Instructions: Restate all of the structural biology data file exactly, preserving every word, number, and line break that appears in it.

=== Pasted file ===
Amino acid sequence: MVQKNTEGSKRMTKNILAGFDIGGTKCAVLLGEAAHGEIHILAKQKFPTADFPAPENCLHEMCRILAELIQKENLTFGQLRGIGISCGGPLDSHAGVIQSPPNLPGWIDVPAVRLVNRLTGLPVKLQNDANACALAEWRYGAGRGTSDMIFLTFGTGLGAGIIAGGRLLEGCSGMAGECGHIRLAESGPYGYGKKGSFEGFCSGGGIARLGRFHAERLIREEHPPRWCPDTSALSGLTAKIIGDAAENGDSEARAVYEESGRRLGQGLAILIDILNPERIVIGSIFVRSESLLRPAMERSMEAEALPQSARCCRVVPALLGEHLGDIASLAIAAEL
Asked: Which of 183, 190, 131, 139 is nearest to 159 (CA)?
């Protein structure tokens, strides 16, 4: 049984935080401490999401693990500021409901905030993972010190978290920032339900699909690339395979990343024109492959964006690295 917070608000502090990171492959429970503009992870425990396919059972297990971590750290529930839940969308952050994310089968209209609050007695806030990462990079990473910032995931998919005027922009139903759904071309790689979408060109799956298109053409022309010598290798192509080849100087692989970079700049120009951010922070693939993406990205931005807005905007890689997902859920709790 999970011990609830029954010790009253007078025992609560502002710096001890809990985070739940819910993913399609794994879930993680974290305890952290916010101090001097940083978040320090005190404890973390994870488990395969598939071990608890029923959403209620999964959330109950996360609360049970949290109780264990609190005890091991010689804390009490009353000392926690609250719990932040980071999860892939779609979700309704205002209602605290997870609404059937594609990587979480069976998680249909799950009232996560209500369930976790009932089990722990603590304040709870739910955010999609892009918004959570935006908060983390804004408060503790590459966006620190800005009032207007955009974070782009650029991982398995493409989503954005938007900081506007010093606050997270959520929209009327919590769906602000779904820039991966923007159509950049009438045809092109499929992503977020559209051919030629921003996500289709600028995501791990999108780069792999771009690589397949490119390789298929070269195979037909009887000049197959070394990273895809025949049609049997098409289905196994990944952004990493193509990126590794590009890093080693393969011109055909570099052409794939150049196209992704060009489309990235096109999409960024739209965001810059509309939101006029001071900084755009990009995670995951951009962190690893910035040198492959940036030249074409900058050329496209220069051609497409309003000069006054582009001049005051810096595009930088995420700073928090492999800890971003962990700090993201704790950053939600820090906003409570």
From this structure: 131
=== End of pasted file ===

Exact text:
Amino acid sequence: MVQKNTEGSKRMTKNILAGFDIGGTKCAVLLGEAAHGEIHILAKQKFPTADFPAPENCLHEMCRILAELIQKENLTFGQLRGIGISCGGPLDSHAGVIQSPPNLPGWIDVPAVRLVNRLTGLPVKLQNDANACALAEWRYGAGRGTSDMIFLTFGTGLGAGIIAGGRLLEGCSGMAGECGHIRLAESGPYGYGKKGSFEGFCSGGGIARLGRFHAERLIREEHPPRWCPDTSALSGLTAKIIGDAAENGDSEARAVYEESGRRLGQGLAILIDILNPERIVIGSIFVRSESLLRPAMERSMEAEALPQSARCCRVVPALLGEHLGDIASLAIAAEL
Asked: Which of 183, 190, 131, 139 is nearest to 159 (CA)?
């Protein structure tokens, strides 16, 4: 049984935080401490999401693990500021409901905030993972010190978290920032339900699909690339395979990343024109492959964006690295 917070608000502090990171492959429970503009992870425990396919059972297990971590750290529930839940969308952050994310089968209209609050007695806030990462990079990473910032995931998919005027922009139903759904071309790689979408060109799956298109053409022309010598290798192509080849100087692989970079700049120009951010922070693939993406990205931005807005905007890689997902859920709790 999970011990609830029954010790009253007078025992609560502002710096001890809990985070739940819910993913399609794994879930993680974290305890952290916010101090001097940083978040320090005190404890973390994870488990395969598939071990608890029923959403209620999964959330109950996360609360049970949290109780264990609190005890091991010689804390009490009353000392926690609250719990932040980071999860892939779609979700309704205002209602605290997870609404059937594609990587979480069976998680249909799950009232996560209500369930976790009932089990722990603590304040709870739910955010999609892009918004959570935006908060983390804004408060503790590459966006620190800005009032207007955009974070782009650029991982398995493409989503954005938007900081506007010093606050997270959520929209009327919590769906602000779904820039991966923007159509950049009438045809092109499929992503977020559209051919030629921003996500289709600028995501791990999108780069792999771009690589397949490119390789298929070269195979037909009887000049197959070394990273895809025949049609049997098409289905196994990944952004990493193509990126590794590009890093080693393969011109055909570099052409794939150049196209992704060009489309990235096109999409960024739209965001810059509309939101006029001071900084755009990009995670995951951009962190690893910035040198492959940036030249074409900058050329496209220069051609497409309003000069006054582009001049005051810096595009930088995420700073928090492999800890971003962990700090993201704790950053939600820090906003409570």
From this structure: 131